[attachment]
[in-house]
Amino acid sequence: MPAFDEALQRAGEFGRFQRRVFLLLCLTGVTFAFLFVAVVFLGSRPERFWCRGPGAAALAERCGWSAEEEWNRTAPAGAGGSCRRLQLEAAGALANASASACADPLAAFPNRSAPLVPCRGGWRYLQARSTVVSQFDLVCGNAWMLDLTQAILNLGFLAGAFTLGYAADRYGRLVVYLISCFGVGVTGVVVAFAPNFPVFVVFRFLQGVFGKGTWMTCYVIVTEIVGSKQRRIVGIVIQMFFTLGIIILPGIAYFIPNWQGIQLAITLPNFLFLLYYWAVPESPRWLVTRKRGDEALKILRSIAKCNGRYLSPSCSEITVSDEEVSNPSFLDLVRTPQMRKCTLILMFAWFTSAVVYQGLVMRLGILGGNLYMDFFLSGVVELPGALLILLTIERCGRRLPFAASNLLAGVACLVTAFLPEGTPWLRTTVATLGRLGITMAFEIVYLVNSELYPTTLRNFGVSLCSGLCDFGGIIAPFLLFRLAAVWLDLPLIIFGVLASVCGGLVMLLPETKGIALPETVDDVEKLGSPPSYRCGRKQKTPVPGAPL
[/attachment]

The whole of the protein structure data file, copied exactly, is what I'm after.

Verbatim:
[in-house]
Amino acid sequence: MPAFDEALQRAGEFGRFQRRVFLLLCLTGVTFAFLFVAVVFLGSRPERFWCRGPGAAALAERCGWSAEEEWNRTAPAGAGGSCRRLQLEAAGALANASASACADPLAAFPNRSAPLVPCRGGWRYLQARSTVVSQFDLVCGNAWMLDLTQAILNLGFLAGAFTLGYAADRYGRLVVYLISCFGVGVTGVVVAFAPNFPVFVVFRFLQGVFGKGTWMTCYVIVTEIVGSKQRRIVGIVIQMFFTLGIIILPGIAYFIPNWQGIQLAITLPNFLFLLYYWAVPESPRWLVTRKRGDEALKILRSIAKCNGRYLSPSCSEITVSDEEVSNPSFLDLVRTPQMRKCTLILMFAWFTSAVVYQGLVMRLGILGGNLYMDFFLSGVVELPGALLILLTIERCGRRLPFAASNLLAGVACLVTAFLPEGTPWLRTTVATLGRLGITMAFEIVYLVNSELYPTTLRNFGVSLCSGLCDFGGIIAPFLLFRLAAVWLDLPLIIFGVLASVCGGLVMLLPETKGIALPETVDDVEKLGSPPSYRCGRKQKTPVPGAPL